Searching for the Grandest Asteroid Tour

Asteroids are Earth's closest celestial neighbors, sometimes passing closer to Earth than even the Moon. And yet, to date, only two spacecraft have ever remained in proximity to one of these bodies. Last month, orbit mechanics experts from around the world met to discuss methods for finding the best possible spacecraft trajectory, or flight path, for visiting a sequence of asteroids. The gathering was part of the second Global Trajectory Optimisation Competition, organized by JPL.
Ida and its small satellite Dactyl are main belt asteroids located between Mars and Jupiter

Ida and its small satellite Dactyl are main belt asteroids located between Mars and Jupiter

The idea of an asteroid grand tour is a celestial analogue to the Grand Tour embarked upon by Renaissance travelers seeking to further their cultural knowledge of Europe. Just as the traveler had to judge carefully which cities to visit based on his or her available resources, so must designers of a spacecraft flight path contend with limited resources and constraints. Such restrictions include the rocket's ability to launch the spacecraft into space, the strength of the spacecraft's thruster, orbital positions of the various asteroids over time, and the spacecraft's longevity.

Determining the best possible trajectory within these constraints, out of the many good ones, is not a trivial matter. It requires a big-picture, or global, view of all the possibilities, that is, it requires global optimization. There are many possible approaches, each with its own strengths and weaknesses.

The inspiration for this problem was the need to study closely different types of asteroids. By visiting a member of each of four different asteroid groups, a spacecraft would provide insights into their chemical composition, their structural characteristics, how they formed, and which might be suitable for future space mining operations. Such insights would also be critical should the need ever arise to deflect an asteroid that is found to be on an Earth-threatening trajectory.

The problem posed by JPL's Outer Planets Mission Analysis Group for the second competition was to design a flight path for visiting four asteroids-- one from each group -- in the shortest amount of flight time and with the least amount of propellant. With almost 1,000 asteroids to choose from, more than 41 billion asteroid sequences could be considered. That's far too many to study individually in the short time allocated for the competition, even with the fastest computers, largest computer clusters and best algorithms.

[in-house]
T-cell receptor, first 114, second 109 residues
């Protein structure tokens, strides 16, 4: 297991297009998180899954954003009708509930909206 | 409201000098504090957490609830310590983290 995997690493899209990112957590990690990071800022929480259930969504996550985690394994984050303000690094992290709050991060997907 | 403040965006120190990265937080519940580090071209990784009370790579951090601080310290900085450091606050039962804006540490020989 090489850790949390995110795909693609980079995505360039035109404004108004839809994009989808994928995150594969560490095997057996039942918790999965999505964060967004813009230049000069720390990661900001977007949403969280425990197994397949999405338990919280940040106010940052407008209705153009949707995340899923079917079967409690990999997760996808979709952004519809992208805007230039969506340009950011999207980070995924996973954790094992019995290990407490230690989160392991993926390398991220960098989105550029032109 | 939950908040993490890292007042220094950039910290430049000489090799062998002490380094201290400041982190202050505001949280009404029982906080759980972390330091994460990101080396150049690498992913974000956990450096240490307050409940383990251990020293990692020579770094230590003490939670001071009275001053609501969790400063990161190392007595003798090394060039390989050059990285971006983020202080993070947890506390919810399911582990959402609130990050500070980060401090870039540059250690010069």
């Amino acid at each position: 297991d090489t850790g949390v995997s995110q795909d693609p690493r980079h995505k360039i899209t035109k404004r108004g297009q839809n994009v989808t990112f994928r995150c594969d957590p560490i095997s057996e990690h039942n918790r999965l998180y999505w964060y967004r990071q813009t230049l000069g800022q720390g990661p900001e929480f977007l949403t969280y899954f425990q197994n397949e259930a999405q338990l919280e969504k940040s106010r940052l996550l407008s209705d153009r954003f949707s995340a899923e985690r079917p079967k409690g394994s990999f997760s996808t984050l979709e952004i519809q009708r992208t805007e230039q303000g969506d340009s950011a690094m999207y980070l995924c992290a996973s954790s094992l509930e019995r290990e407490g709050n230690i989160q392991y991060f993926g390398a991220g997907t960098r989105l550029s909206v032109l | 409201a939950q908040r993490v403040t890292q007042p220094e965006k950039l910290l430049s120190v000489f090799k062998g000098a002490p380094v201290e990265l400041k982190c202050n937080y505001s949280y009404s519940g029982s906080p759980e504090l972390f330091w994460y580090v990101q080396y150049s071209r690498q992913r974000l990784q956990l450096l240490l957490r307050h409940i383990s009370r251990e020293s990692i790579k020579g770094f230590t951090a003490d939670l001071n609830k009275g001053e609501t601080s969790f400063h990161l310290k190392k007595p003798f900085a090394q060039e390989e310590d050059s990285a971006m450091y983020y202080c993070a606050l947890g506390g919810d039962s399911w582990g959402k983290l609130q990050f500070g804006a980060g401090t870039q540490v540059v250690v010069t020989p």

Fourteen teams - from Europe, Russia, China and the U.S. - sought the elusive best possible trajectory. Their search took place over a period of four weeks late last year, at the end of which they submitted their top solution to be ranked against those of the other teams.

The winning trajectory was found by a team from the Polytechnic of Turin, Italy. Two professors, Lorenzo Casalino and Guido Colasurdo, along with Ph.D. student Matteo Rosa Sentinella and graduate student Francesco Cacciatore, successfully and quickly screened out billions of possible asteroid sequences to focus on the most practical ones. Their winning trajectory, involving visits of four different asteroids in just over nine years, was followed by trajectories from a Russian team (the Moscow Aviation Institute and the Khrunichev State Research and Production Space Center), and a team from the European Space Agency's Advanced Concepts Team.

The workshop where the various teams convened for their discussions took place in Sedona, Ariz., in conjunction with the Space Flight Mechanics Meeting of the American Astronautical Society and the American Institute of Aeronautics and Astronautics.

Did the competition yield the best possible trajectory? With such complexity, it is likely impossible to say, but an educated guess, and the insights gained by comparing the various teams' methods, would suggest that there is still some room for improvement. The Turin team, as winners of this year's competition, will now be organizing the Third Global Trajectory Optimisation Competition, where various teams will again have the opportunity to test their mettle in solving the most challenging problems currently faced by spacecraft trajectory designers.

The Global Trajectory Optimisation Competition was instituted in 2005 by Dario Izzo of the European Space Agency's Advanced Concepts Team. As winners of the first competition, the JPL team organized this latest one, with support from NASA's In-Space Propulsion Program.

Source: NASA
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